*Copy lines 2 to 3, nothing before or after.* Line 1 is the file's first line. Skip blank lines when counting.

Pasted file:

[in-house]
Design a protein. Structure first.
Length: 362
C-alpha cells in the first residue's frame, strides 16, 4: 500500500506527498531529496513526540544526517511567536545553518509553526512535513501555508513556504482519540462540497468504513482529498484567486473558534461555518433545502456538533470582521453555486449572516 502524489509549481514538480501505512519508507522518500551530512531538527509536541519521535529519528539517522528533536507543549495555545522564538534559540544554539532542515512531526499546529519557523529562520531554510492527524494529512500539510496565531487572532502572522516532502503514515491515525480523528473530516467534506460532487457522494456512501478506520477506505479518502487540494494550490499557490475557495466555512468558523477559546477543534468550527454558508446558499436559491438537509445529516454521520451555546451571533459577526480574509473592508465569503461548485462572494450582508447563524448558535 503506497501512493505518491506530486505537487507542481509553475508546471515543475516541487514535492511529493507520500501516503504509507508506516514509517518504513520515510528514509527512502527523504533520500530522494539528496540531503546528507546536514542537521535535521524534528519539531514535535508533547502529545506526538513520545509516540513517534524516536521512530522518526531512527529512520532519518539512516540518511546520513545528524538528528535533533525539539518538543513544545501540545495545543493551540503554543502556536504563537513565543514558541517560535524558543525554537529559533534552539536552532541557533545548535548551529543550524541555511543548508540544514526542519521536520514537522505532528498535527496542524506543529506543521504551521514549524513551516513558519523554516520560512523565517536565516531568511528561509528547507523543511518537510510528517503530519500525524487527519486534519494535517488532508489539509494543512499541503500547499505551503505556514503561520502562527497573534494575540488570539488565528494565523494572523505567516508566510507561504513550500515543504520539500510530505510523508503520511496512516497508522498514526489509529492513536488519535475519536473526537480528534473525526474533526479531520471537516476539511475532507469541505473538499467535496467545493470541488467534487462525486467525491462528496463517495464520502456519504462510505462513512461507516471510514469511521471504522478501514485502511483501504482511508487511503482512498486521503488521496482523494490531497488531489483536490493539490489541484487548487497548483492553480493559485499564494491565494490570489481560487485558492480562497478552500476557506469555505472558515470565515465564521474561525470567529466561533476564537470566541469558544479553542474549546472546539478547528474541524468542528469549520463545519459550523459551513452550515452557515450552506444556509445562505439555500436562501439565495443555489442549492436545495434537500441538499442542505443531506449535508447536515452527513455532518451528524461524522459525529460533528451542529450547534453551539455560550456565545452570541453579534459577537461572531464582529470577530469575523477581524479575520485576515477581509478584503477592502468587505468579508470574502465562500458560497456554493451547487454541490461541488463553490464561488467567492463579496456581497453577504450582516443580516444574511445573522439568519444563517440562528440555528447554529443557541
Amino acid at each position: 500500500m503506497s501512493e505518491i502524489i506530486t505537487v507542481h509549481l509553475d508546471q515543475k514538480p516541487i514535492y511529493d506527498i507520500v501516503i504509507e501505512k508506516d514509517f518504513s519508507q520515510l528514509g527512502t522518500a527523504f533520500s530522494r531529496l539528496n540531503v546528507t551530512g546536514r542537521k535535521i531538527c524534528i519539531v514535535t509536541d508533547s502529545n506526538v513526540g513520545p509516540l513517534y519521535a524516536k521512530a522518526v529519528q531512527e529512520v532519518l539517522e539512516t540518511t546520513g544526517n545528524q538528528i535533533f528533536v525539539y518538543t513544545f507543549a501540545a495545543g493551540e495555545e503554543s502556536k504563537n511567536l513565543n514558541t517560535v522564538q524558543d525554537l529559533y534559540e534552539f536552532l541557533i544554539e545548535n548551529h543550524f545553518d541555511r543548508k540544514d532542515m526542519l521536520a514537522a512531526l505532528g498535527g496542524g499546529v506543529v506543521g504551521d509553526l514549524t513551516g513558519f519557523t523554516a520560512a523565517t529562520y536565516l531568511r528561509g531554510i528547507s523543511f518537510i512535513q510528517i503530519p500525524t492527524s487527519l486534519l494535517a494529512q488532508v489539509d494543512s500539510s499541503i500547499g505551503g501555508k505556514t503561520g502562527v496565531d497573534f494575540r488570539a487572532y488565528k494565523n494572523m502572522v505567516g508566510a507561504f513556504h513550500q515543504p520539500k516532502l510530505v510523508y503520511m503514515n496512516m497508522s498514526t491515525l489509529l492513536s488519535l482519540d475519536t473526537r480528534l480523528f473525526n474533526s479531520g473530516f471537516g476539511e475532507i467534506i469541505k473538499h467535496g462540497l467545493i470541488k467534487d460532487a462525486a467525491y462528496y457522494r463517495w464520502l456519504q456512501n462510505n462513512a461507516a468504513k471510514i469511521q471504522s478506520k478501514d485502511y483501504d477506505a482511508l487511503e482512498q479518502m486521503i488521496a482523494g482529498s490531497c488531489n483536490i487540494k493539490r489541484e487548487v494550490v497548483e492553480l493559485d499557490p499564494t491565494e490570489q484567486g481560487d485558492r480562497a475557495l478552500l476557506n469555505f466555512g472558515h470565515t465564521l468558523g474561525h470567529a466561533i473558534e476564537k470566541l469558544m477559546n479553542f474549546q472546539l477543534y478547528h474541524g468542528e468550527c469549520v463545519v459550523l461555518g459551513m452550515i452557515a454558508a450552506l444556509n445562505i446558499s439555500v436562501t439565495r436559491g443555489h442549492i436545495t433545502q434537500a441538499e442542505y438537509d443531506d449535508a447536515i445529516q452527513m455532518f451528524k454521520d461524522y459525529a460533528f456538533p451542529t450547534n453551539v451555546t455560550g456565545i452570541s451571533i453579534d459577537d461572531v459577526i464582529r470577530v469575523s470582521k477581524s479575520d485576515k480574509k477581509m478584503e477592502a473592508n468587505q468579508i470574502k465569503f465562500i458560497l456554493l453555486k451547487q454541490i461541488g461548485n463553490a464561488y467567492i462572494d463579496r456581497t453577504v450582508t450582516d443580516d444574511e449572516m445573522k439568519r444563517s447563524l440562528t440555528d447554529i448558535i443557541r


Design a protein. Structure first.
Length: 362